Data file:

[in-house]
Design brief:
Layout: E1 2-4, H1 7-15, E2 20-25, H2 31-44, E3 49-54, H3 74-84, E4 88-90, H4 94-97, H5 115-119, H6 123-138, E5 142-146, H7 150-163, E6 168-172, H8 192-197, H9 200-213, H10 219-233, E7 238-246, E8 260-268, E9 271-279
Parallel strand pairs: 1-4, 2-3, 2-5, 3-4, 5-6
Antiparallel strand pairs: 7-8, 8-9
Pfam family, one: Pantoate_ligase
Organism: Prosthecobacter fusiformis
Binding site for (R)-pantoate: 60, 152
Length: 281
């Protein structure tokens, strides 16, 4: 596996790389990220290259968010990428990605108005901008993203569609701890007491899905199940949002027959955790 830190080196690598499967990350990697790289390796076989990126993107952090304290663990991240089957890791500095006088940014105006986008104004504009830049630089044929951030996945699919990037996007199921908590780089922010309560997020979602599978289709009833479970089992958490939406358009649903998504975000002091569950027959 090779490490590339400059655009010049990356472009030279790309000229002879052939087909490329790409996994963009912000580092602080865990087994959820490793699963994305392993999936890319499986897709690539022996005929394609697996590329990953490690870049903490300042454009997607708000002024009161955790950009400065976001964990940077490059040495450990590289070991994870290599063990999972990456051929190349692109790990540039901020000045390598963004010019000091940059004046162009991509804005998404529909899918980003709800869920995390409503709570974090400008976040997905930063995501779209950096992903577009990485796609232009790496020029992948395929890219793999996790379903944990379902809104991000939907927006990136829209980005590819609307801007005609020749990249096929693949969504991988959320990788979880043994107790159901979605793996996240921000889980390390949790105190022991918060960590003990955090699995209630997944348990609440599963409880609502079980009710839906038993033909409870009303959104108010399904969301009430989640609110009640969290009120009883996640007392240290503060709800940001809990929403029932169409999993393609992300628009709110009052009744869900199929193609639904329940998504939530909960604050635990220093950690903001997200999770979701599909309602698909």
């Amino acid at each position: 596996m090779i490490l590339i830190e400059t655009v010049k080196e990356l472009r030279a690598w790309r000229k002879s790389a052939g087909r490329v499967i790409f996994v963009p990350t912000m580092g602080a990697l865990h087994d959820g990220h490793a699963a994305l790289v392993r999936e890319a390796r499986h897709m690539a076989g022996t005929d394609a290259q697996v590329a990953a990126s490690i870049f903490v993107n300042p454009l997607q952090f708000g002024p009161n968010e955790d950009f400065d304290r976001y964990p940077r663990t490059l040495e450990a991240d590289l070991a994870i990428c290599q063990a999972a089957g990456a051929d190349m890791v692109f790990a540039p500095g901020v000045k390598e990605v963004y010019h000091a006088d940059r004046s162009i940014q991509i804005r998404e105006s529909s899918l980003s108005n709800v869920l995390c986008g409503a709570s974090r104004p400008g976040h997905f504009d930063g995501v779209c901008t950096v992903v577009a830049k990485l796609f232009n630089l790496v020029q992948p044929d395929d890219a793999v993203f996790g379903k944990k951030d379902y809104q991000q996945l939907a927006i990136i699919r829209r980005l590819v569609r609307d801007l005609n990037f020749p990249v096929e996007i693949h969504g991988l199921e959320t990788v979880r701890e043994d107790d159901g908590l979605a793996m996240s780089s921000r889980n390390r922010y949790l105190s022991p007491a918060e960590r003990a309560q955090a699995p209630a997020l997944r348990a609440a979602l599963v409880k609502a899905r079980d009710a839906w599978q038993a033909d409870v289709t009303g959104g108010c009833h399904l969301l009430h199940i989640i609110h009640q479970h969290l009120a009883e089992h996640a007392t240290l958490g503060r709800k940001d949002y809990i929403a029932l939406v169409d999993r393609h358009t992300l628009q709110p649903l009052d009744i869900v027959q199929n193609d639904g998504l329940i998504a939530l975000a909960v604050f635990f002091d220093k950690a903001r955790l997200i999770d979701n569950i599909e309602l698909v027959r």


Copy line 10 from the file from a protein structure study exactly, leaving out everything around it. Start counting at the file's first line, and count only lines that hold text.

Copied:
């Protein structure tokens, strides 16, 4: 596996790389990220290259968010990428990605108005901008993203569609701890007491899905199940949002027959955790 830190080196690598499967990350990697790289390796076989990126993107952090304290663990991240089957890791500095006088940014105006986008104004504009830049630089044929951030996945699919990037996007199921908590780089922010309560997020979602599978289709009833479970089992958490939406358009649903998504975000002091569950027959 090779490490590339400059655009010049990356472009030279790309000229002879052939087909490329790409996994963009912000580092602080865990087994959820490793699963994305392993999936890319499986897709690539022996005929394609697996590329990953490690870049903490300042454009997607708000002024009161955790950009400065976001964990940077490059040495450990590289070991994870290599063990999972990456051929190349692109790990540039901020000045390598963004010019000091940059004046162009991509804005998404529909899918980003709800869920995390409503709570974090400008976040997905930063995501779209950096992903577009990485796609232009790496020029992948395929890219793999996790379903944990379902809104991000939907927006990136829209980005590819609307801007005609020749990249096929693949969504991988959320990788979880043994107790159901979605793996996240921000889980390390949790105190022991918060960590003990955090699995209630997944348990609440599963409880609502079980009710839906038993033909409870009303959104108010399904969301009430989640609110009640969290009120009883996640007392240290503060709800940001809990929403029932169409999993393609992300628009709110009052009744869900199929193609639904329940998504939530909960604050635990220093950690903001997200999770979701599909309602698909």